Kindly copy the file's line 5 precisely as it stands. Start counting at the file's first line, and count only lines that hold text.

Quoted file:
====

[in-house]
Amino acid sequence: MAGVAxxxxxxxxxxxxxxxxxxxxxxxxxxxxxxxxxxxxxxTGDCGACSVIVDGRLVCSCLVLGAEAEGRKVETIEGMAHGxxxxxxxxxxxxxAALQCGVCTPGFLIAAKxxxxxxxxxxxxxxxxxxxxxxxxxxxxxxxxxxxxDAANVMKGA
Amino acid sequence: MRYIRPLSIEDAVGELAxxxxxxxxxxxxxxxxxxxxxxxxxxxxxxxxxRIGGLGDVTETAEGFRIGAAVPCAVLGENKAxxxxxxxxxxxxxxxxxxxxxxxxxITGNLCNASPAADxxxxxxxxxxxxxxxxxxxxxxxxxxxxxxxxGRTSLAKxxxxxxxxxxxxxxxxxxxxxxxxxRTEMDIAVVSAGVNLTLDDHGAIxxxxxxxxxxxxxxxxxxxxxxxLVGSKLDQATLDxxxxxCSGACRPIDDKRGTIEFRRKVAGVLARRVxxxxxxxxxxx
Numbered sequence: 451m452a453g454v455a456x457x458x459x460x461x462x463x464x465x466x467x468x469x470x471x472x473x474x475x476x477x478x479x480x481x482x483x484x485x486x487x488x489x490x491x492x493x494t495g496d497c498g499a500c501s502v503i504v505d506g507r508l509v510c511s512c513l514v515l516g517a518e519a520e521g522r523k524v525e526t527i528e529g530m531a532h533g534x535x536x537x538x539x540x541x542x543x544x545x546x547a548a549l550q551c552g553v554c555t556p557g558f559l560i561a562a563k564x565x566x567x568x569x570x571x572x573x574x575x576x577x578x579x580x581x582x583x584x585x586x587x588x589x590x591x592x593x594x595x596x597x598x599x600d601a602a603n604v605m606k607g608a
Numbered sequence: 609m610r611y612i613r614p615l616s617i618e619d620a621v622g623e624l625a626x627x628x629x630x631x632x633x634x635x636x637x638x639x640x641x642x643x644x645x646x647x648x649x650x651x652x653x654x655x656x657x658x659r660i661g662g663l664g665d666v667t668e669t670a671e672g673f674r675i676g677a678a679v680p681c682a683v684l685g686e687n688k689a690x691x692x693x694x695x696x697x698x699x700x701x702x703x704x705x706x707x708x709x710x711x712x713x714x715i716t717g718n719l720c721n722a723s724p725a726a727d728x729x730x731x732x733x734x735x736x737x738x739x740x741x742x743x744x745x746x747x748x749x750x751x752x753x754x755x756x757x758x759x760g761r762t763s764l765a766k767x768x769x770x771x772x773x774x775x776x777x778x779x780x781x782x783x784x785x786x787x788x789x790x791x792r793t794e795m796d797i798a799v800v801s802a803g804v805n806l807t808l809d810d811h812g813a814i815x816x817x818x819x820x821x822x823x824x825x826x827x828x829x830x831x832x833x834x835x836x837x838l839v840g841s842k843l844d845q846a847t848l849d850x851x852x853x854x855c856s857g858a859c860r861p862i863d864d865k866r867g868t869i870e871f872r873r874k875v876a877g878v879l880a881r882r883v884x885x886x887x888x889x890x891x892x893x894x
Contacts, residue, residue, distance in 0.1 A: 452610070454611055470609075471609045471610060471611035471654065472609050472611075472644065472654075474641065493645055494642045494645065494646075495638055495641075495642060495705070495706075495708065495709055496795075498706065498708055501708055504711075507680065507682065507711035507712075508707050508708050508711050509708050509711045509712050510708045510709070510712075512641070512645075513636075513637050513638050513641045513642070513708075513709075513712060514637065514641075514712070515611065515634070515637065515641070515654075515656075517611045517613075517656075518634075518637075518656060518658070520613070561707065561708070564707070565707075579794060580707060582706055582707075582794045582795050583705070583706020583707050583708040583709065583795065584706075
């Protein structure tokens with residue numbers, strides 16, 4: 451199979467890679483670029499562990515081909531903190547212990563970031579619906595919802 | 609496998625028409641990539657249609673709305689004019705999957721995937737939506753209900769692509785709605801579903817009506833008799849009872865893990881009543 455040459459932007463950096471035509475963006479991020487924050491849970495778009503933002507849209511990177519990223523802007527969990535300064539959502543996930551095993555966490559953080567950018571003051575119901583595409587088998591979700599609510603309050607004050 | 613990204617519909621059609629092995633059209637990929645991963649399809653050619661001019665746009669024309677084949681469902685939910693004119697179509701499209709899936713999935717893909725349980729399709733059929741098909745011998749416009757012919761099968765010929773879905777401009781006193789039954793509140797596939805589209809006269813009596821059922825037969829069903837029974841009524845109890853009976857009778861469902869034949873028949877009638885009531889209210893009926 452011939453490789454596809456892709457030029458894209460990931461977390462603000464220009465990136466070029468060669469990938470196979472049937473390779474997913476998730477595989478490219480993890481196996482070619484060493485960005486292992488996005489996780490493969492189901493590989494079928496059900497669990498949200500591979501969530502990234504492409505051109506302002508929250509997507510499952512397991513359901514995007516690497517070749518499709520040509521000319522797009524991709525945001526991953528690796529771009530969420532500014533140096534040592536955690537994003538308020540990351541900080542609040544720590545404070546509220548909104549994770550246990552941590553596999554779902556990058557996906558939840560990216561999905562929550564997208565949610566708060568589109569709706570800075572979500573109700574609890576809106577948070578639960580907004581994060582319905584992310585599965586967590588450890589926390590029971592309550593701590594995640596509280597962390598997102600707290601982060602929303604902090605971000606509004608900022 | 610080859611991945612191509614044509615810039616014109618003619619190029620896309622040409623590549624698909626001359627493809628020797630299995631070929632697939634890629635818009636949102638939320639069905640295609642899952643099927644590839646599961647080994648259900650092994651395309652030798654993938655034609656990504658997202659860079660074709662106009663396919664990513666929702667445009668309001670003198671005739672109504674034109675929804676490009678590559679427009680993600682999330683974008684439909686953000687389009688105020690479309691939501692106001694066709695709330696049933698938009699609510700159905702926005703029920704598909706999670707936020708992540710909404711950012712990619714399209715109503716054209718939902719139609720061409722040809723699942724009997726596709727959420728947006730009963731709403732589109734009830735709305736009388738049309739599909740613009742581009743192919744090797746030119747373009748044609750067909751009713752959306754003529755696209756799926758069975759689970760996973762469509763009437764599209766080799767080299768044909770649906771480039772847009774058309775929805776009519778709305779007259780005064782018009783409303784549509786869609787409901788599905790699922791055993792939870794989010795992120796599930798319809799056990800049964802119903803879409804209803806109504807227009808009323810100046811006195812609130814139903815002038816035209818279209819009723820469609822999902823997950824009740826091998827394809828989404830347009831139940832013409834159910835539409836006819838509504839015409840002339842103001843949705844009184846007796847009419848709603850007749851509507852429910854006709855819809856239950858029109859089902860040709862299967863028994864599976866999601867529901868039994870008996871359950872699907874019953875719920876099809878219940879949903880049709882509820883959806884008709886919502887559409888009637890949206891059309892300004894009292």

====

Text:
Numbered sequence: 609m610r611y612i613r614p615l616s617i618e619d620a621v622g623e624l625a626x627x628x629x630x631x632x633x634x635x636x637x638x639x640x641x642x643x644x645x646x647x648x649x650x651x652x653x654x655x656x657x658x659r660i661g662g663l664g665d666v667t668e669t670a671e672g673f674r675i676g677a678a679v680p681c682a683v684l685g686e687n688k689a690x691x692x693x694x695x696x697x698x699x700x701x702x703x704x705x706x707x708x709x710x711x712x713x714x715i716t717g718n719l720c721n722a723s724p725a726a727d728x729x730x731x732x733x734x735x736x737x738x739x740x741x742x743x744x745x746x747x748x749x750x751x752x753x754x755x756x757x758x759x760g761r762t763s764l765a766k767x768x769x770x771x772x773x774x775x776x777x778x779x780x781x782x783x784x785x786x787x788x789x790x791x792r793t794e795m796d797i798a799v800v801s802a803g804v805n806l807t808l809d810d811h812g813a814i815x816x817x818x819x820x821x822x823x824x825x826x827x828x829x830x831x832x833x834x835x836x837x838l839v840g841s842k843l844d845q846a847t848l849d850x851x852x853x854x855c856s857g858a859c860r861p862i863d864d865k866r867g868t869i870e871f872r873r874k875v876a877g878v879l880a881r882r883v884x885x886x887x888x889x890x891x892x893x894x